Parity Interim Final Regulations Released, 90 Days for Public Comments
By REBECCA A. CLAY
On January 29, 2010, the U.S. Departments of Health and Human Services (HHS), Labor, and the Treasury jointly issued interim final rules that will govern how group health plans and group health insurance issuers will put into practice the Paul Wellstone and Pete Domenici Mental Health Parity and Addiction Equity Act of 2008.
Published in the February 2 issue of the Federal Register, the rules go into effect April 5, 2010.
As interim final rules, the regulations are subject to revision. In fact, the Government is actively soliciting input from the public. Comments are due on or before May 3, 2010.
Submit your written comments to any of the addresses below. Please do not submit duplicates.
- HHS: Refer to CMS–4140–IFC By Federal eRulemaking Portal (Follow the instructions under the "More Search Options" tab.) By regular mail: Centers for Medicare & Medicaid Services, U.S. Department of Health and Human Services, Attention: CMS–4140–IFC, P.O. Box 8016, Baltimore, MD 21244–1850
- Department of Labor: Refer to RIN 1210–AB30 By Federal eRulemaking Portal (Follow the instructions for submitting comments.) By email: E-OHPSCA.EBSA@dol.gov By regular mail: Office of Health Plan Standards and Compliance Assistance, Employee Benefits Security Administration, Room N–5653, U.S. Department of Labor, 200 Constitution Avenue, NW, Washington, DC 20210, Attention: RIN 1210–AB30
- Internal Revenue Service: Refer to REG–120692–09 By Federal eRulemaking Portal (Follow the instructions for submitting comments.) By regular mail: CC:PA:LPD:PR (REG–120692–09), Room 5205, Internal Revenue
Service, P.O. Box 7604, Ben Franklin Station, Washington, DC 20044
For instructions on hand delivery, overnight mail, or courier service, please refer to the Federal Register document for specific direction.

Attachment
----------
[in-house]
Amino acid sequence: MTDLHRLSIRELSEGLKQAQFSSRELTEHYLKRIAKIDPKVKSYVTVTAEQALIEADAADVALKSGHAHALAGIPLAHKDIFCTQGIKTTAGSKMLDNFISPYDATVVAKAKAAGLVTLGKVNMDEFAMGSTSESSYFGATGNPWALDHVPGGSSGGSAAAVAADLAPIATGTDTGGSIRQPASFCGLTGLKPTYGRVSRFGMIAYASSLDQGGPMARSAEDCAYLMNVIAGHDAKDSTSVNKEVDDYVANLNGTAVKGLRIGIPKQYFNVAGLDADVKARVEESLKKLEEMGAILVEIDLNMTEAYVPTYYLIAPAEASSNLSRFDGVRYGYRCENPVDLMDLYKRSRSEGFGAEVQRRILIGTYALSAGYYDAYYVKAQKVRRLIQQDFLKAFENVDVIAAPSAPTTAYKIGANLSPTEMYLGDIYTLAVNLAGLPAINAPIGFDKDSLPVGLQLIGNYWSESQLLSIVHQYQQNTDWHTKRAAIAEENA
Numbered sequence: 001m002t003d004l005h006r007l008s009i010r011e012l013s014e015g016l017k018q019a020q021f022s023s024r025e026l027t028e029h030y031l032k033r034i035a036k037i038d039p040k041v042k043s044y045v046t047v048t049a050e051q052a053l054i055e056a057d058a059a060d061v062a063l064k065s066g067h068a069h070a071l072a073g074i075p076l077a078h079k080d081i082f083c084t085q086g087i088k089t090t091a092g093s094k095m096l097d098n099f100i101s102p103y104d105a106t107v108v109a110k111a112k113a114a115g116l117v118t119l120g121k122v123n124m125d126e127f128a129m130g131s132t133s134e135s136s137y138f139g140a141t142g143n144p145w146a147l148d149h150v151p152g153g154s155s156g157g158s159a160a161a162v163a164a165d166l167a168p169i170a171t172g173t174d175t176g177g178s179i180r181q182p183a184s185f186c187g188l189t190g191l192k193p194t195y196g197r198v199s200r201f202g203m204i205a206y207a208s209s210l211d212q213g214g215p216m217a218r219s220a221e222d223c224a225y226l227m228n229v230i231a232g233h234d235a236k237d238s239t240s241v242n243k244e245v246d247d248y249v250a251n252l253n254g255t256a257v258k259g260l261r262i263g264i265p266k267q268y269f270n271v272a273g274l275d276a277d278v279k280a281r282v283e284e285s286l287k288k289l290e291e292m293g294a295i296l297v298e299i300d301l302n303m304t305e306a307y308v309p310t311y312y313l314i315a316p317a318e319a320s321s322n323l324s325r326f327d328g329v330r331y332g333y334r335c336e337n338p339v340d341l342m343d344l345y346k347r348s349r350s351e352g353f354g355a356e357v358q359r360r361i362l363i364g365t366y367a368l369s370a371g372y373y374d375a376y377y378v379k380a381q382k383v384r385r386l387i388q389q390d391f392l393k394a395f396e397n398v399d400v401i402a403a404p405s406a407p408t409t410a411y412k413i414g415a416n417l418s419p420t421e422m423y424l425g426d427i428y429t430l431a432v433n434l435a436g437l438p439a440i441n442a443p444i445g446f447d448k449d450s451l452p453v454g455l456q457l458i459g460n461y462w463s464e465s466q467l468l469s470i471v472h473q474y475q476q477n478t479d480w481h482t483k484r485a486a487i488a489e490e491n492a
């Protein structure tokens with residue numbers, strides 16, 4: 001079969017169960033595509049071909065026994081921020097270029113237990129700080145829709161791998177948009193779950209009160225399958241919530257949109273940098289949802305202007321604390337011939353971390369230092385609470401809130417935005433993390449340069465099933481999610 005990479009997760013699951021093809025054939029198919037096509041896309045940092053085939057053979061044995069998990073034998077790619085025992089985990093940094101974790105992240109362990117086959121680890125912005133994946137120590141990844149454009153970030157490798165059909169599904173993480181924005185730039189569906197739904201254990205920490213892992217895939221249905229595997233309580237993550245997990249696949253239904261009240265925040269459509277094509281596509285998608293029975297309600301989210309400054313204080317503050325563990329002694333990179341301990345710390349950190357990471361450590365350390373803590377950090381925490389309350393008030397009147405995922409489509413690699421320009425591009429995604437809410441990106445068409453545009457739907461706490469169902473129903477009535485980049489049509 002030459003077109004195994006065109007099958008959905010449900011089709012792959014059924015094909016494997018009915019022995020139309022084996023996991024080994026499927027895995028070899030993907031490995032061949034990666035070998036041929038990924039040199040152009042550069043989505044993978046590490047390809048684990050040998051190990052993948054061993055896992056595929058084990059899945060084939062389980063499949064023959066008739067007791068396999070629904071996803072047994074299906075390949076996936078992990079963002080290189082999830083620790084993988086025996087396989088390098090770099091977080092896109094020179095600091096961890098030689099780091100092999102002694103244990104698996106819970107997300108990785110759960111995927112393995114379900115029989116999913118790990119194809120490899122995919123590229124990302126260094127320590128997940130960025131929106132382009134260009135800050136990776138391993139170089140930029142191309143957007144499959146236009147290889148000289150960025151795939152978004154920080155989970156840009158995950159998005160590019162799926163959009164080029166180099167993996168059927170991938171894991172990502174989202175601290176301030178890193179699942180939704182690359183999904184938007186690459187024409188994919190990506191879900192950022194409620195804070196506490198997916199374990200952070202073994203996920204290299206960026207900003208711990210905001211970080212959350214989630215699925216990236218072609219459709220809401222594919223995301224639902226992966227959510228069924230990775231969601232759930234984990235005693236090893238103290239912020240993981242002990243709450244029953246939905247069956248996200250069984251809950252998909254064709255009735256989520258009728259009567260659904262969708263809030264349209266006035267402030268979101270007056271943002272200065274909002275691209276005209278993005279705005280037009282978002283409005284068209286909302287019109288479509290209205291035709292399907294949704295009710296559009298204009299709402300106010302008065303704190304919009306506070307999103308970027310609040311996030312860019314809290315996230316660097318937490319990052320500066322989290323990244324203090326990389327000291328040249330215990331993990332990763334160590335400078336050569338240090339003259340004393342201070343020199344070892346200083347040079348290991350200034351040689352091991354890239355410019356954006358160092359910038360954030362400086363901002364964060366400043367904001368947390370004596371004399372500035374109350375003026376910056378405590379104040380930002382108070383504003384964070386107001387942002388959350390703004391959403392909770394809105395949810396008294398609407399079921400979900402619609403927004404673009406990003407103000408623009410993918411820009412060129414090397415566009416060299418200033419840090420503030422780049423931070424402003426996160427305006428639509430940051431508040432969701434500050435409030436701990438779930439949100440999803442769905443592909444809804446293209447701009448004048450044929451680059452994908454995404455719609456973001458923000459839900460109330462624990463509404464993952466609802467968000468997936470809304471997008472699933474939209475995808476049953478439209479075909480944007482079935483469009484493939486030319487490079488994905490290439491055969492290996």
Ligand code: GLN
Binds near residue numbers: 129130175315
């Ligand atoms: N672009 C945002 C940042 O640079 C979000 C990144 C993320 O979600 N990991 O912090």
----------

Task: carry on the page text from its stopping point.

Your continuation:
Consumer groups, professional societies, and others applauded the new regulations.
"Parity regulations are an important milestone on the road to ending the unnecessary suffering for millions of Americans with treatable mental illness and addictions," said Linda Rosenberg, President and Chief Executive Officer of the National Council for Community Behavioral Healthcare. "Now people in need won’t have to go without treatment because of discriminatory insurance policies."
Patients are already benefiting, said Kathleen Nordal, Ph.D., Executive Director for Professional Practice at the American Psychological Association. "Since January 1," she said, "patients have seen copayments and co-insurance for psychological services reduced as mental health treatment is covered at parity with physical health care."
A national advocacy group, Faces & Voices of Recovery, called for further advocacy. "Some insurance companies have already put plans in place that fall short of this law’s intent, severely restricting patients’ access to life-saving care," said Vice Chair Stephen Gumbley. "This needs to change, and we encourage individuals and families covered by these plans to ask them to fully implement policies consistent with this new law."